Russia’s attempt to overturn UEFA’s decision to suspend all Russian football teams from European competitions has been rejected by the Court of Arbitration for Sport (CAS).
The governing body of world football, FIFA, and European football, UEFA, ruled jointly on February 28 that all teams and clubs from the country could not take part in their competitions, and announced the venue of this year’s Champions League final would move from Russian city St Petersburg to French capital Paris.
The Football Union of Russia (FUR), the equivalent of the English FA, had requested that the call was waived before the results of a full hearing – but the CAS has insisted the ruling will remain in place for now.
A CAS statement said: ‘The president of the appeals arbitration division of the CAS has denied the request filed by the FUR to stay, for the duration of the CAS proceedings, the execution of the UEFA executive committee’s decision to suspend all Russian teams and clubs from its competitions until further notice.
‘Consequently, the challenged decision remains in force and all Russian teams and clubs continue to be suspended from participation in UEFA competitions.’
The decision means Spartak Moscow, the only side left in the latter stages of the Champions League, Europa League or Europa Conference League, were thrown out of the Europa League last 16, with their opponents RB Leipzig receiving a bye.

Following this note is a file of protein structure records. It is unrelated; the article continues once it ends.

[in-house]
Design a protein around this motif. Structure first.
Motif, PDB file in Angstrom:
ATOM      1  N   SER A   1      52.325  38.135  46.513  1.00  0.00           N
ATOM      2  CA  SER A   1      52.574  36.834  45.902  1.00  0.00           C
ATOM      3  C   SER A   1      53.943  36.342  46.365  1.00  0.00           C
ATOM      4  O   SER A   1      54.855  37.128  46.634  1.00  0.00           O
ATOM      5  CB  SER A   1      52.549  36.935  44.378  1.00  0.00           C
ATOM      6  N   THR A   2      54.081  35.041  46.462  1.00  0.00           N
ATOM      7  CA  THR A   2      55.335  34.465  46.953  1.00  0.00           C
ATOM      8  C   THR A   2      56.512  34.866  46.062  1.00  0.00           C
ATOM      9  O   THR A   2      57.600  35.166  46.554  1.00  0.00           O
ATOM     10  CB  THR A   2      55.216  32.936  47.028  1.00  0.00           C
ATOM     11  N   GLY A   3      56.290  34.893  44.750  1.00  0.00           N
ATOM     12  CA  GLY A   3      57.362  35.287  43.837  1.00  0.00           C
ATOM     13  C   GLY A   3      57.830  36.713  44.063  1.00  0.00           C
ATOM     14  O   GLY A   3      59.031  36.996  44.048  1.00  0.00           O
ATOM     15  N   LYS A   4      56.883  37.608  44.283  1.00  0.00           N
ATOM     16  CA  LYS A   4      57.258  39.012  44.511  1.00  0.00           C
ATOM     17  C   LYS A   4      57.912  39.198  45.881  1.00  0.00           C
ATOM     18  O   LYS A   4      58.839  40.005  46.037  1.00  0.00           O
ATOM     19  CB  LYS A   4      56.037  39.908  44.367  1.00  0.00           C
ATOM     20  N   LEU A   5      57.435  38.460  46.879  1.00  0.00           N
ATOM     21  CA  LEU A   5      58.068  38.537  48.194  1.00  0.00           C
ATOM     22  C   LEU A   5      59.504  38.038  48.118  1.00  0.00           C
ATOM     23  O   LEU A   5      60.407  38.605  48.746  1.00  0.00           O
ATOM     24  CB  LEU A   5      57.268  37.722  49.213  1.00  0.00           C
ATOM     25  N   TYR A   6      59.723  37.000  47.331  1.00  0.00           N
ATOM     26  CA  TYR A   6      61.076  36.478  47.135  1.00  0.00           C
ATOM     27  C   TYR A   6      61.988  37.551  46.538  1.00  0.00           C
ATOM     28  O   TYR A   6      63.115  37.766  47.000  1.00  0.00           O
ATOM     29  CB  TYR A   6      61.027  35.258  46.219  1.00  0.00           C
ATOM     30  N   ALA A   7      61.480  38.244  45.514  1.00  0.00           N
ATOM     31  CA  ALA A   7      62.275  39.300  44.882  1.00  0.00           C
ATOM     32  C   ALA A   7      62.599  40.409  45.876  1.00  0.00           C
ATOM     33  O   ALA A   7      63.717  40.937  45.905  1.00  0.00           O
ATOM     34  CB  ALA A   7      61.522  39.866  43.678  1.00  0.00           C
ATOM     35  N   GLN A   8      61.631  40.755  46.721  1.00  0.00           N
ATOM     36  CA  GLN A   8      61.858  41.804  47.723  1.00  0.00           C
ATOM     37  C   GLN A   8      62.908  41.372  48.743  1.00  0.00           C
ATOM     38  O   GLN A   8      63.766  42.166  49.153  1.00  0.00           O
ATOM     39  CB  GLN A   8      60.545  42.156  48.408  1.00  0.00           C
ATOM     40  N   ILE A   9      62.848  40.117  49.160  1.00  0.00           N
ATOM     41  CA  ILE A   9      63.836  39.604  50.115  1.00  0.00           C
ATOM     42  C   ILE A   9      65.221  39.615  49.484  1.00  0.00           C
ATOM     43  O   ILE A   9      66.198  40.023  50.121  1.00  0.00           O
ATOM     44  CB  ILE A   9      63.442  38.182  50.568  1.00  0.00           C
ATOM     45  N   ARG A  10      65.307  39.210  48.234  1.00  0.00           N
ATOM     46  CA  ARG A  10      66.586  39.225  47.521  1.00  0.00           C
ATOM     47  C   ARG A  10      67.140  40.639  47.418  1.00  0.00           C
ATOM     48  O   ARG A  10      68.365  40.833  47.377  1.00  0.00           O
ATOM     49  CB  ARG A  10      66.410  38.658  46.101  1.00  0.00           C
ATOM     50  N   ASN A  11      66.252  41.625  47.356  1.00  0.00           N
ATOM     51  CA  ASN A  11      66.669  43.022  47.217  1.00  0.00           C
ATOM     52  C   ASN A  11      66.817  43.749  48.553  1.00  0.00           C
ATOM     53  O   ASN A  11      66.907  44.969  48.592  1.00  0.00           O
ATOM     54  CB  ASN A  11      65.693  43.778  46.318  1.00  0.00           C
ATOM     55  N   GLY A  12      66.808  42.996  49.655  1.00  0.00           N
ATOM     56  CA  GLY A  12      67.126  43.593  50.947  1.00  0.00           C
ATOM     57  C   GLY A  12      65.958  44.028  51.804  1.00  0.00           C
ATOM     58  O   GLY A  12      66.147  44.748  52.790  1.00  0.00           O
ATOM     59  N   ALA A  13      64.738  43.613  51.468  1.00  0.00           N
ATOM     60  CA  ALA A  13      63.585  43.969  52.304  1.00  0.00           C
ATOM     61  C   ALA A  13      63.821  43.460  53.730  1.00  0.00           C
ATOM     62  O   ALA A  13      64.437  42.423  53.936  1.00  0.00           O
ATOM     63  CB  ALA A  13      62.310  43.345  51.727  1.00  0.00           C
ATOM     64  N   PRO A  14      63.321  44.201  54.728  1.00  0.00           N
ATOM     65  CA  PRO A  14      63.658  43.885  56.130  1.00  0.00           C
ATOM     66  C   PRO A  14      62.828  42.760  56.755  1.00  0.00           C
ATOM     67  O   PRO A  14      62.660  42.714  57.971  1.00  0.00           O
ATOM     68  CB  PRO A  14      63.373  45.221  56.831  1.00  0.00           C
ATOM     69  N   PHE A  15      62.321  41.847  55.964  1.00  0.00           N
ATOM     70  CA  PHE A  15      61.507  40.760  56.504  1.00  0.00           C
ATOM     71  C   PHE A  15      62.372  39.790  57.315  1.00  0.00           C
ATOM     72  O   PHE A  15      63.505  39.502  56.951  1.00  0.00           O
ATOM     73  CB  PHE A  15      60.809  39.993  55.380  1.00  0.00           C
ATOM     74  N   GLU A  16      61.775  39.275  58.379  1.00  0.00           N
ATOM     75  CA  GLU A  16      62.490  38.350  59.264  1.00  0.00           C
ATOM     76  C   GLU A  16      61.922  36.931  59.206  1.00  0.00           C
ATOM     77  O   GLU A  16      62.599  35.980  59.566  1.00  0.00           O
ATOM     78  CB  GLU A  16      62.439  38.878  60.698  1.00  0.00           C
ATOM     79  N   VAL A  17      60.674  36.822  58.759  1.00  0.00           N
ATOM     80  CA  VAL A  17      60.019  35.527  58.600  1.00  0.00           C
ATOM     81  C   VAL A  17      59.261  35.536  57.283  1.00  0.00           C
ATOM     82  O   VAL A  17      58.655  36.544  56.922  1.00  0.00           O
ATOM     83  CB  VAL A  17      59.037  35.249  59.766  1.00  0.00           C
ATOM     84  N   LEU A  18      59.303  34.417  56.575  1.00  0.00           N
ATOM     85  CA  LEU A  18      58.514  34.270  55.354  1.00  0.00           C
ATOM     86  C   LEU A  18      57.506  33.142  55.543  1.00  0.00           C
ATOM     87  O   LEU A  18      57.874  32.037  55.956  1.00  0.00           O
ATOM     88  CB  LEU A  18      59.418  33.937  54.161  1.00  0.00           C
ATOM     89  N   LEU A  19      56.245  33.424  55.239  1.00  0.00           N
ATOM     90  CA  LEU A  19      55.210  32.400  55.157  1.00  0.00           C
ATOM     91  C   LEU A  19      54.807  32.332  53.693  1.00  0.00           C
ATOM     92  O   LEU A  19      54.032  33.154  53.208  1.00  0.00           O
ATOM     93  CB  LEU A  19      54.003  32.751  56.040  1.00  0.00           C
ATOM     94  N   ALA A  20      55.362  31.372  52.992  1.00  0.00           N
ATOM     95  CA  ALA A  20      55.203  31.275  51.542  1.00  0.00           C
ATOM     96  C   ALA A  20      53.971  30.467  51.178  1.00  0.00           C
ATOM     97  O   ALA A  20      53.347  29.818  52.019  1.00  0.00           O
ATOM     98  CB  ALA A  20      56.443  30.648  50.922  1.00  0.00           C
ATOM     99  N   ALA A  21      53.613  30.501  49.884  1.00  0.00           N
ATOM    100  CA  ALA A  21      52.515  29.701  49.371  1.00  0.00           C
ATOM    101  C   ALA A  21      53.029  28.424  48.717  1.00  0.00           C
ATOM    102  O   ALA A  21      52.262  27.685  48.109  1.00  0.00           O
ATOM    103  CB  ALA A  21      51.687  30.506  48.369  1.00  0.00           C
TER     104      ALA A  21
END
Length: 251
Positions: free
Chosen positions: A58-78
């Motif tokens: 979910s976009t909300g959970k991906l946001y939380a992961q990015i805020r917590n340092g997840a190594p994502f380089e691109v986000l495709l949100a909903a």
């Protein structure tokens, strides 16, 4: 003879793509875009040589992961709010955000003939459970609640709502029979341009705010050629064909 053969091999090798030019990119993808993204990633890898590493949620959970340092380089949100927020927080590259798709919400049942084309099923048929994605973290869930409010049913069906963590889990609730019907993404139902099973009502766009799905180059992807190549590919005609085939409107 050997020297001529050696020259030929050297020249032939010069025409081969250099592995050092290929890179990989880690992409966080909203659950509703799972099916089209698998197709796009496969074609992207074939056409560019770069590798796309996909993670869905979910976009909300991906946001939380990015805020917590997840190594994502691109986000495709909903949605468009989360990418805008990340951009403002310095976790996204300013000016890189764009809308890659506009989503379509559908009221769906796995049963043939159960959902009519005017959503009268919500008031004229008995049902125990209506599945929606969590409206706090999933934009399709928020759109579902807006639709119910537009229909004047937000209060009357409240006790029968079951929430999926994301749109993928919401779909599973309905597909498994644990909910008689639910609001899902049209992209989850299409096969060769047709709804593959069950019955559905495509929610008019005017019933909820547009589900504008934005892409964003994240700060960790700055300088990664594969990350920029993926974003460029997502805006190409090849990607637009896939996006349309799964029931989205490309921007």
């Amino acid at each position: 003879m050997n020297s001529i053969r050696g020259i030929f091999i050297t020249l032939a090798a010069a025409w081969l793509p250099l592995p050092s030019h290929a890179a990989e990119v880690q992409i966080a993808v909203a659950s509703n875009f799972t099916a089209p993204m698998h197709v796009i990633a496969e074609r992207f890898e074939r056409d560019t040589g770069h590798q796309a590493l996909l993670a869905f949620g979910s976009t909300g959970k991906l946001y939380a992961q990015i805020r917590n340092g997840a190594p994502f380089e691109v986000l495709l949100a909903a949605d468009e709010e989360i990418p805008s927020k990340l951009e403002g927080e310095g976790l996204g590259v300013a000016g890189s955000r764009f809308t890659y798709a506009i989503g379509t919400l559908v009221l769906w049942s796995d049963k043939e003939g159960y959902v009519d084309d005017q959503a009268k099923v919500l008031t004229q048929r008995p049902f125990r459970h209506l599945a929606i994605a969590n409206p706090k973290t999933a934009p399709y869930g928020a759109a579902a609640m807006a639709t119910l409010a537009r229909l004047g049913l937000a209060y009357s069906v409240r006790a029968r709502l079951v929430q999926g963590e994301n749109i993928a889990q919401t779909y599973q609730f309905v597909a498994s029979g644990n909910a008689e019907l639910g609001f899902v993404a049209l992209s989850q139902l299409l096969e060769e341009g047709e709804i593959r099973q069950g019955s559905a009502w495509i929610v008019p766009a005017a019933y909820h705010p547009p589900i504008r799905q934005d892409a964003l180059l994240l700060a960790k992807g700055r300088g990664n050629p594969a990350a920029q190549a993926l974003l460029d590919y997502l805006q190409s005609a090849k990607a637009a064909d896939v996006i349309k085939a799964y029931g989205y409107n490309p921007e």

The result of a parallel appeal against FIFA’s decision to throw Russia out of the 2022 World Cup is set to be issued before the end of this week.
Currently, the national side cannot take part in qualifying for the FIFA World Cup, with their opponents Poland receiving a bye.
The statement added: ‘Football is fully united here and in full solidarity with all the people affected in Ukraine.
‘Both presidents hope that the situation in Ukraine will improve significantly and rapidly so that football can again be a vector for unity and peace amongst people.’
CAS may yet rule to overturn FIFA and UEFA’s decision when it makes its full judgment, which would see Russia reinstated. But Tuesday’s interim verdict perhaps suggests how the court might later act on Russia’s request to block the FIFA ban.